Knoxville, Tennessee city leaders are bowing to pressure from an atheist group by removing a Bible verse that has hung in the city's police department for 50 years.
The Wisconsin-based Freedom From Religion Foundation threatened to sue the city unless they took down a plaque displaying a New Testament scripture. The plaque cites Romans 8:31, "What shall we then say to these things? If God befor us, then who can be against us?"
Some city leaders said they took the Bible verse down because they didn't have enough taxpayer money to fight a legal battle over its placement in a public building.
However, when CBN News inquired whether the city considered seeking legal help from law firms such as as the Alliance Defending Freedom, the American Center for Law and Justice or The Christian Legal Society, who sometimes litigate religious freedom cases for free, Knoxville Communications Director Jesse Mayshark said other officials determined the Freedom From Religion Foundation was correct and the plaque had to go.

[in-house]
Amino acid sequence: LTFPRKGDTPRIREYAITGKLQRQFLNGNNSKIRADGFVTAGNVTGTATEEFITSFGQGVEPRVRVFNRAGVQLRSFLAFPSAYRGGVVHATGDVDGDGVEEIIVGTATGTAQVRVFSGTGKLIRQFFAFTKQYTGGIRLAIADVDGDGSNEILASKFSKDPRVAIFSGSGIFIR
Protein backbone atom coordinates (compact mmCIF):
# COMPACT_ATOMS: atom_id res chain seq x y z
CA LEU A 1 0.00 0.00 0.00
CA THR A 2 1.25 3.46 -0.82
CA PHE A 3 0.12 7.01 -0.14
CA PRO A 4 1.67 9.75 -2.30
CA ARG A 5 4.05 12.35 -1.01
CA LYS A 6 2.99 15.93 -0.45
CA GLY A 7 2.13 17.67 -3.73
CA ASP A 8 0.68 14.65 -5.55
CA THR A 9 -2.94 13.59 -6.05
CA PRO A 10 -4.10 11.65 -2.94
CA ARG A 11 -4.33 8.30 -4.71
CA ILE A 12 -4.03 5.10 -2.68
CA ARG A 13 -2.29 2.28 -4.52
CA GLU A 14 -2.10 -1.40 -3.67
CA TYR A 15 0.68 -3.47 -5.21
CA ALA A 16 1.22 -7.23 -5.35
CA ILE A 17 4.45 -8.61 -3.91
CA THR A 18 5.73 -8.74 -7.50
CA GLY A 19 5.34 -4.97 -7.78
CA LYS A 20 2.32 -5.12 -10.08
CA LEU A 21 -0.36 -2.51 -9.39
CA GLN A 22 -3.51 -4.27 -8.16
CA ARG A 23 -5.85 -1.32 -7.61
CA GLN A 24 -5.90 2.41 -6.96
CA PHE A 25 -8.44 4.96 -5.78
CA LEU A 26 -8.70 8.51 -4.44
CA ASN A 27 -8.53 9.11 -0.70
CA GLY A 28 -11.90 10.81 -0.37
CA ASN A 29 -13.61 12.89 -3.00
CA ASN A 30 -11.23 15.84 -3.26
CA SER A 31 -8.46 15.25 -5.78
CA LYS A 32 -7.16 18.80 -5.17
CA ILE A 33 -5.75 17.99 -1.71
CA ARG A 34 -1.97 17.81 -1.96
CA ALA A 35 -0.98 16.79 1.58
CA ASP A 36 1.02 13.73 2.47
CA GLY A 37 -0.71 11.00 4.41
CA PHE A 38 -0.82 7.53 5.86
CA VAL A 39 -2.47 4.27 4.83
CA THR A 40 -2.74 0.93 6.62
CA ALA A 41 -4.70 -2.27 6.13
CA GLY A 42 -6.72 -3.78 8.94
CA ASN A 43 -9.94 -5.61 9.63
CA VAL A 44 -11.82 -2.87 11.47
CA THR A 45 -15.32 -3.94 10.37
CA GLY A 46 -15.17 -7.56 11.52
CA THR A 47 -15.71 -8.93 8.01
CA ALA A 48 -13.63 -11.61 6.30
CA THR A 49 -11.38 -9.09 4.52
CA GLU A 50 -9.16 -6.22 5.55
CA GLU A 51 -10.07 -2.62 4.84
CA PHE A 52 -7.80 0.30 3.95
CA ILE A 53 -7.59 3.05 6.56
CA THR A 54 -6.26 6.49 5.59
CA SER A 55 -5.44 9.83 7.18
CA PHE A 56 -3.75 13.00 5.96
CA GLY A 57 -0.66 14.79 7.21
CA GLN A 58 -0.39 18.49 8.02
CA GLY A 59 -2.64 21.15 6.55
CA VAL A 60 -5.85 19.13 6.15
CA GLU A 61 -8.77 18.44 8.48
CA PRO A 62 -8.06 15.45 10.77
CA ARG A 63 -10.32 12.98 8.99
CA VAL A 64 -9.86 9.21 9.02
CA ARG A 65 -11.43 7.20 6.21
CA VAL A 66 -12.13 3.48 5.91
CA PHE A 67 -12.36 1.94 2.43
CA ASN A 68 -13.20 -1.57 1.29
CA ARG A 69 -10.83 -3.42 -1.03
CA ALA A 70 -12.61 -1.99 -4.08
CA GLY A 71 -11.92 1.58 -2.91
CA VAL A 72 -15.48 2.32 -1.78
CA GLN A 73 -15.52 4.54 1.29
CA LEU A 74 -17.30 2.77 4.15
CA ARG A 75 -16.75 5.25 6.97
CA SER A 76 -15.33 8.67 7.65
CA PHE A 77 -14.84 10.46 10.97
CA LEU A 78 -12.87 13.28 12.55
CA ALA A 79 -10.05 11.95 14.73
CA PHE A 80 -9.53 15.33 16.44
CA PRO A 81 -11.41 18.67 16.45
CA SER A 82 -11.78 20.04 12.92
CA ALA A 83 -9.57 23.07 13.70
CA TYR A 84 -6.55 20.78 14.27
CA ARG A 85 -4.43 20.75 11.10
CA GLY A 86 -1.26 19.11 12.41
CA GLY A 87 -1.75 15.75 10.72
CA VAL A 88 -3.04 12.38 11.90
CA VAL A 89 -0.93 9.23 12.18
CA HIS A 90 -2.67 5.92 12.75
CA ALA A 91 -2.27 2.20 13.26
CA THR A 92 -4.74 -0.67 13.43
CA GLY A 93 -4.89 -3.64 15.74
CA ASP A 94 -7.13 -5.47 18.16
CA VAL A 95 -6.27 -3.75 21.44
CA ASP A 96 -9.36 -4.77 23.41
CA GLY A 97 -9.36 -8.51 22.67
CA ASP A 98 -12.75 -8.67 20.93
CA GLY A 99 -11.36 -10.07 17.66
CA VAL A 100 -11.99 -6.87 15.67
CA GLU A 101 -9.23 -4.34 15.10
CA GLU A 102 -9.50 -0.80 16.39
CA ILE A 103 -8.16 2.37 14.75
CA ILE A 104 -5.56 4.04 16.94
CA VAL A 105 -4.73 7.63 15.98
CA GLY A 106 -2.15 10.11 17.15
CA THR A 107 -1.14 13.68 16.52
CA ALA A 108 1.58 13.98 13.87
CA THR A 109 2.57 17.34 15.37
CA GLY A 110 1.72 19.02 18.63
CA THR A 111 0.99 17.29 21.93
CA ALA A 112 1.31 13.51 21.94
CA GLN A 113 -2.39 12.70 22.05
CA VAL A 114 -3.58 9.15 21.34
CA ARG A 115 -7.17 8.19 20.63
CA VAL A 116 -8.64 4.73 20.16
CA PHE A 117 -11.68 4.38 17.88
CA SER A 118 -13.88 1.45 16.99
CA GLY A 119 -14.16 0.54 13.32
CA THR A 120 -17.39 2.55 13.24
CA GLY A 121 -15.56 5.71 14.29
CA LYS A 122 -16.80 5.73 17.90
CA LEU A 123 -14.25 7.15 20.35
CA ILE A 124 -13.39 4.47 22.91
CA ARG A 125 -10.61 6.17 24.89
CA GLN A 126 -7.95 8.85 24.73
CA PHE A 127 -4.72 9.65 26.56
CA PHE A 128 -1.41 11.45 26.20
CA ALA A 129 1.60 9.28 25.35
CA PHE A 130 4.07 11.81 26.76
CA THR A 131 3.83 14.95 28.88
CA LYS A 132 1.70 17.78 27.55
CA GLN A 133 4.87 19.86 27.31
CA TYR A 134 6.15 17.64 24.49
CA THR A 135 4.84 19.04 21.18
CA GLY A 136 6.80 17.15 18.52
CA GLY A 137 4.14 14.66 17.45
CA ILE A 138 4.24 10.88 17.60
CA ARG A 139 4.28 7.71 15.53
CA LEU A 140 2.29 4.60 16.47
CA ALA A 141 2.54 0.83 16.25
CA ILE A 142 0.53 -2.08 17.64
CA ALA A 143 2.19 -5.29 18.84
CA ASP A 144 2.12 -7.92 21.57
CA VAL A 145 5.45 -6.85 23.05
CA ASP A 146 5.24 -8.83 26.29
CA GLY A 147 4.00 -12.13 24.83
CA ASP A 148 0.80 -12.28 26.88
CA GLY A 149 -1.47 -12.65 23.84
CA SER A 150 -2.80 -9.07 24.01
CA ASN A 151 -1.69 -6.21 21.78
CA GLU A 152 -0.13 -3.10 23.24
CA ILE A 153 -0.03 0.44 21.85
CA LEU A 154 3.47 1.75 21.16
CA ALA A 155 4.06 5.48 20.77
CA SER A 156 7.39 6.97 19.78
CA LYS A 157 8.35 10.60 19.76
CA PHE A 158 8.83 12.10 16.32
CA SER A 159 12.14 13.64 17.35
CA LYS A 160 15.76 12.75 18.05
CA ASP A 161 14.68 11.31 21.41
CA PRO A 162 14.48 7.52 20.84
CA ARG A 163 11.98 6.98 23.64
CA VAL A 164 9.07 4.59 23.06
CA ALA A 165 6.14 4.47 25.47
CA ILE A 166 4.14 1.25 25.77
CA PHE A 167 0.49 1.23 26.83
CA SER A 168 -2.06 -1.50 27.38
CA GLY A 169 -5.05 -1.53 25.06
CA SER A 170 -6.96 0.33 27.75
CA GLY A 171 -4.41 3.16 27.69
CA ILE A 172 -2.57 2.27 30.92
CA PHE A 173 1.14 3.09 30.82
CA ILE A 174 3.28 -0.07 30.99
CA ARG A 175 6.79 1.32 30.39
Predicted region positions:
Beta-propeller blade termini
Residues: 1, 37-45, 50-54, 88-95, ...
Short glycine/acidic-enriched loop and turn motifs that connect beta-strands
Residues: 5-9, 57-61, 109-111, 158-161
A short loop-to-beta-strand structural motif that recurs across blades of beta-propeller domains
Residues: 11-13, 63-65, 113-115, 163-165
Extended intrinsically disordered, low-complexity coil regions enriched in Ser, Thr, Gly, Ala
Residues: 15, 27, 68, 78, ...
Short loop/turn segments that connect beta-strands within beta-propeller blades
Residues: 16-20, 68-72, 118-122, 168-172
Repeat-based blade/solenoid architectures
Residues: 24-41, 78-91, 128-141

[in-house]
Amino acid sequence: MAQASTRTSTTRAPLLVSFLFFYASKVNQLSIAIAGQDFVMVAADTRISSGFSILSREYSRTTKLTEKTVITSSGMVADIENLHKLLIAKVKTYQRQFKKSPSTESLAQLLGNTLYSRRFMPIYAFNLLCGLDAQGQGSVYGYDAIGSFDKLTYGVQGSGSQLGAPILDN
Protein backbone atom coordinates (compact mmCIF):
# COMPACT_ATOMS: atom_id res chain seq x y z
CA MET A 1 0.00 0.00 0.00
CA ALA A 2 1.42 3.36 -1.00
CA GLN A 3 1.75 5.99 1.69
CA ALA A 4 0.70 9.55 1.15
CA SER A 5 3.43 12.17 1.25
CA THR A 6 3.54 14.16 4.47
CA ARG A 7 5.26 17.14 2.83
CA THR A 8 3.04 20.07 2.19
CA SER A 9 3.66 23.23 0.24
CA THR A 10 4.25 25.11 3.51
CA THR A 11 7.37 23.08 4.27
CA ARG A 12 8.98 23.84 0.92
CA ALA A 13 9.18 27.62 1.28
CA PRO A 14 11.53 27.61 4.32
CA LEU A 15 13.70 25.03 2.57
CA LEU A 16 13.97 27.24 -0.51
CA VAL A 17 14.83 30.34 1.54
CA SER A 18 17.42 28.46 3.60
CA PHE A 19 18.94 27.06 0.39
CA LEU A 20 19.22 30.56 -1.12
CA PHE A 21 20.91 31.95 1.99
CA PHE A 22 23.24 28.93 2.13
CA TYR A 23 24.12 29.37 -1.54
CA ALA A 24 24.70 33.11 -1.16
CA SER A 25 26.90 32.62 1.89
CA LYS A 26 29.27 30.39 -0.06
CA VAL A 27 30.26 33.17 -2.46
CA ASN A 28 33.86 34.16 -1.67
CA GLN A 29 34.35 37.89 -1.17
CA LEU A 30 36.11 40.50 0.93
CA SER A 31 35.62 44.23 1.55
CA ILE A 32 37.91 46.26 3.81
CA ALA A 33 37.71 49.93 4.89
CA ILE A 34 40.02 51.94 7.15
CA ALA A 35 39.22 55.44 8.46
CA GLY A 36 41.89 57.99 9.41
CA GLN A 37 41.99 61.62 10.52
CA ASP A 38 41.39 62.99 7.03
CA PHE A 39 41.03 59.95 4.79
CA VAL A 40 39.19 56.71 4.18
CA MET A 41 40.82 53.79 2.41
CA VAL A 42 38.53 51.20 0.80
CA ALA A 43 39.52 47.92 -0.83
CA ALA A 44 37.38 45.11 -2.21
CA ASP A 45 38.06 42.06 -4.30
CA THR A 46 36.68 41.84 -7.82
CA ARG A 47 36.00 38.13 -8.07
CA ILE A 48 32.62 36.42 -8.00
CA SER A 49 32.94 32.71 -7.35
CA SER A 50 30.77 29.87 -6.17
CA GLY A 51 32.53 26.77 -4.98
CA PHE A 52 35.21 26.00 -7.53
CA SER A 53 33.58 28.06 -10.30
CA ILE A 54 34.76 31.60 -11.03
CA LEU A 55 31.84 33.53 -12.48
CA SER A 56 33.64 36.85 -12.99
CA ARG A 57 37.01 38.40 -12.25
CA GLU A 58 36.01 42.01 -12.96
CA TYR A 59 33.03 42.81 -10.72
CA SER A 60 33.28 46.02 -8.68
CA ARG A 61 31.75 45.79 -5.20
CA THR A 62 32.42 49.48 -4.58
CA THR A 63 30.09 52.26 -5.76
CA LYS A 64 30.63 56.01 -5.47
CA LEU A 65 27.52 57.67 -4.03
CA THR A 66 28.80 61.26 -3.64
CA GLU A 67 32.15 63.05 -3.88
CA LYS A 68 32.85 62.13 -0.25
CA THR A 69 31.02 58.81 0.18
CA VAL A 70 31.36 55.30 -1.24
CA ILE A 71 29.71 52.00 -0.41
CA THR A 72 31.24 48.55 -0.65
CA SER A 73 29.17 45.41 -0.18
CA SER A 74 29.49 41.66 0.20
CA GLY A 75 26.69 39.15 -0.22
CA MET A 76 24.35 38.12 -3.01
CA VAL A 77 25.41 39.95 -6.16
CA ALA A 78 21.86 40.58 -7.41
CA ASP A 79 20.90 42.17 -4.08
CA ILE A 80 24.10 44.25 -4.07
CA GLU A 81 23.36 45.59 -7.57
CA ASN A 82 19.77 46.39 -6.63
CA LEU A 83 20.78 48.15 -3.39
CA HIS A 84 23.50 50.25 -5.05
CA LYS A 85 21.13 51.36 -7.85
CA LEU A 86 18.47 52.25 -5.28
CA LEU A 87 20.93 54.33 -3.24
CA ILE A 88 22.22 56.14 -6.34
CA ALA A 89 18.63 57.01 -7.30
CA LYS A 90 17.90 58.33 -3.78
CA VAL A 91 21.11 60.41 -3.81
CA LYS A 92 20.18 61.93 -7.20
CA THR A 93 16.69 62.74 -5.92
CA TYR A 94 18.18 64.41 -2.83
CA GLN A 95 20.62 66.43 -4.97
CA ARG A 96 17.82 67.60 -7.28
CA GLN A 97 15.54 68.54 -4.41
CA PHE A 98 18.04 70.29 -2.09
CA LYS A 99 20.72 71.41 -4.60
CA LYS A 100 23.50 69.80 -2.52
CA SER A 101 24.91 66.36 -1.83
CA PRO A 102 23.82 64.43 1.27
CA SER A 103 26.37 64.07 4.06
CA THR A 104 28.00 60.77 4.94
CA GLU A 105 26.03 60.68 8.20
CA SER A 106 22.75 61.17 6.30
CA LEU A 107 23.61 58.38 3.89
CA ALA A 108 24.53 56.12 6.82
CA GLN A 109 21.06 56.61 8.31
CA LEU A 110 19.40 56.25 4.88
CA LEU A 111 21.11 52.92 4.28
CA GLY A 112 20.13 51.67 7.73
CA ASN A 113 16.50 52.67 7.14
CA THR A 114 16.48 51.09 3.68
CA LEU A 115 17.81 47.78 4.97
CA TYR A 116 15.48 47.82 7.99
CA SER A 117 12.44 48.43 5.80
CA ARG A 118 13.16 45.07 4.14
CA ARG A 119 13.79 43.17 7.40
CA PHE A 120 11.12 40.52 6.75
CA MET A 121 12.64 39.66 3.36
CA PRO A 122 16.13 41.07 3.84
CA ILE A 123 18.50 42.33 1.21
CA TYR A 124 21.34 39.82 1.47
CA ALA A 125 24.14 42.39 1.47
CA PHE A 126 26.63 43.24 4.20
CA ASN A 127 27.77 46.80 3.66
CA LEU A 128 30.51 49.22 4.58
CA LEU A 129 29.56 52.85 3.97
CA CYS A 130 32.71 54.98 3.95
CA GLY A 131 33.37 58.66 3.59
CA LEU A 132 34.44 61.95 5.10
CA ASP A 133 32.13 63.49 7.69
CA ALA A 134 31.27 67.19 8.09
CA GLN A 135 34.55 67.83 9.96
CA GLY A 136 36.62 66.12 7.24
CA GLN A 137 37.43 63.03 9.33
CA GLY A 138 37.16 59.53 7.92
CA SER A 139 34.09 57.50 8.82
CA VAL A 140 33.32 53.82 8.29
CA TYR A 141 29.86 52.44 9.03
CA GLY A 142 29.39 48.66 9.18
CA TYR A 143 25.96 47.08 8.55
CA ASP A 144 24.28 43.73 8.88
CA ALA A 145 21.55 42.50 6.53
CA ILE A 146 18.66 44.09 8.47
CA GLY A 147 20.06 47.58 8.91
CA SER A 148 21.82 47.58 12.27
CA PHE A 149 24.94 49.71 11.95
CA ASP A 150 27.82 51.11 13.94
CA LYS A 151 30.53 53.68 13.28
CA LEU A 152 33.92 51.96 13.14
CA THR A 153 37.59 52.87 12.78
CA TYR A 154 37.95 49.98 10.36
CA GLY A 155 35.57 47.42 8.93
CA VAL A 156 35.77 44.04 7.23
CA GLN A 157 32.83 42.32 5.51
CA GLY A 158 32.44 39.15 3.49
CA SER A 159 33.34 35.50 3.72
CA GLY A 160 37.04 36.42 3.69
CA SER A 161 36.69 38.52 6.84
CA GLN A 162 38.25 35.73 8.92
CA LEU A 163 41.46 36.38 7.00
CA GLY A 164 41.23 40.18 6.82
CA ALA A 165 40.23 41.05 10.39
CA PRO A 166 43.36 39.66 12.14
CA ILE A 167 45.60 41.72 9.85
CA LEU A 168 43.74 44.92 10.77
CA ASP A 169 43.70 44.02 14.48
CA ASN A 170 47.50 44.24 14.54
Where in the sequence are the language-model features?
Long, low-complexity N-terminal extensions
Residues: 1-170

In fact, Mayor Madeline Rogero, who identifies as a Christian, said in a news conference, "As our founders recognized when they wrote the Constitution, the best protection for religious liberty is to restrict the government's role in promoting or endorsing any particular faith."
"As Christians, we may not always realize that our co-workers or our constituents do not all see the world the same way we do. We may not understand that a Bible verse that gives us strength and comfort may send an entirely different message to someone else: That you are not welcome here, that this governmental body does not represent you," Rogero added.
The mayor went on to say that in an attempt to avoid singling-out Christianity, the police department is creating a "Hall of Inspiration," a section of the police department building devoted to all faiths. Plaques that have been selected to hang there include messages from Islam, Hinduism, Buddhism and Judaism as well as from Christianity.
For the atheists, the "Hall of Inspiration" will include plaques displaying non-religious quotes about things such as kindness and courage from Martin Luther King, Jr., President Ronald Reagan, Mark Twain and Aristotle.
The "Hall of Inspiration" will display the original plaque that was taken down, and another one quoting the Bible, Matthew 5:9, "Blessed are the peacemakers for they will be called children of God."